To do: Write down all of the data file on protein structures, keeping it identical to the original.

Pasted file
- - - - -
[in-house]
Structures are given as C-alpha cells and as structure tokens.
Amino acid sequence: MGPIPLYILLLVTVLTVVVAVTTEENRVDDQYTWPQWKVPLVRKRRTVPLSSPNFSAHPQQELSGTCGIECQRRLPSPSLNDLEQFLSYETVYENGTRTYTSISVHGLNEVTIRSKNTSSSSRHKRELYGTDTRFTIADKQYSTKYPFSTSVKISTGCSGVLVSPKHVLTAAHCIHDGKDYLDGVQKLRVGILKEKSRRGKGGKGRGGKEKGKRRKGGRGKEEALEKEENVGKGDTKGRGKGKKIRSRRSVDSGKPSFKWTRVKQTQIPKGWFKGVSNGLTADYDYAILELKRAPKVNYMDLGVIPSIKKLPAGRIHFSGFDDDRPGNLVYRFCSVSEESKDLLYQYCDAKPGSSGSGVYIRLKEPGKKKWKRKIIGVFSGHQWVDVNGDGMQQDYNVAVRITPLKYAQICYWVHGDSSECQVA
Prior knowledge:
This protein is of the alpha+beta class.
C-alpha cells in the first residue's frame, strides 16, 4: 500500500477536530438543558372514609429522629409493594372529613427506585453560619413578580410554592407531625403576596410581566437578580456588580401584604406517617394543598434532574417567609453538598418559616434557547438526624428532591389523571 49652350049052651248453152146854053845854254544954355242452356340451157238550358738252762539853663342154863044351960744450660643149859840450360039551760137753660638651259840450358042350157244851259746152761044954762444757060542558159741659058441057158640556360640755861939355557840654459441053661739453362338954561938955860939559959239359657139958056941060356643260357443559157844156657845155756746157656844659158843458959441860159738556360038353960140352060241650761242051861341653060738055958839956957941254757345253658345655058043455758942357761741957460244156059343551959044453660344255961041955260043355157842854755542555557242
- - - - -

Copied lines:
[in-house]
Structures are given as C-alpha cells and as structure tokens.
Amino acid sequence: MGPIPLYILLLVTVLTVVVAVTTEENRVDDQYTWPQWKVPLVRKRRTVPLSSPNFSAHPQQELSGTCGIECQRRLPSPSLNDLEQFLSYETVYENGTRTYTSISVHGLNEVTIRSKNTSSSSRHKRELYGTDTRFTIADKQYSTKYPFSTSVKISTGCSGVLVSPKHVLTAAHCIHDGKDYLDGVQKLRVGILKEKSRRGKGGKGRGGKEKGKRRKGGRGKEEALEKEENVGKGDTKGRGKGKKIRSRRSVDSGKPSFKWTRVKQTQIPKGWFKGVSNGLTADYDYAILELKRAPKVNYMDLGVIPSIKKLPAGRIHFSGFDDDRPGNLVYRFCSVSEESKDLLYQYCDAKPGSSGSGVYIRLKEPGKKKWKRKIIGVFSGHQWVDVNGDGMQQDYNVAVRITPLKYAQICYWVHGDSSECQVA
Prior knowledge:
This protein is of the alpha+beta class.
C-alpha cells in the first residue's frame, strides 16, 4: 500500500477536530438543558372514609429522629409493594372529613427506585453560619413578580410554592407531625403576596410581566437578580456588580401584604406517617394543598434532574417567609453538598418559616434557547438526624428532591389523571 49652350049052651248453152146854053845854254544954355242452356340451157238550358738252762539853663342154863044351960744450660643149859840450360039551760137753660638651259840450358042350157244851259746152761044954762444757060542558159741659058441057158640556360640755861939355557840654459441053661739453362338954561938955860939559959239359657139958056941060356643260357443559157844156657845155756746157656844659158843458959441860159738556360038353960140352060241650761242051861341653060738055958839956957941254757345253658345655058043455758942357761741957460244156059343551959044453660344255961041955260043355157842854755542555557242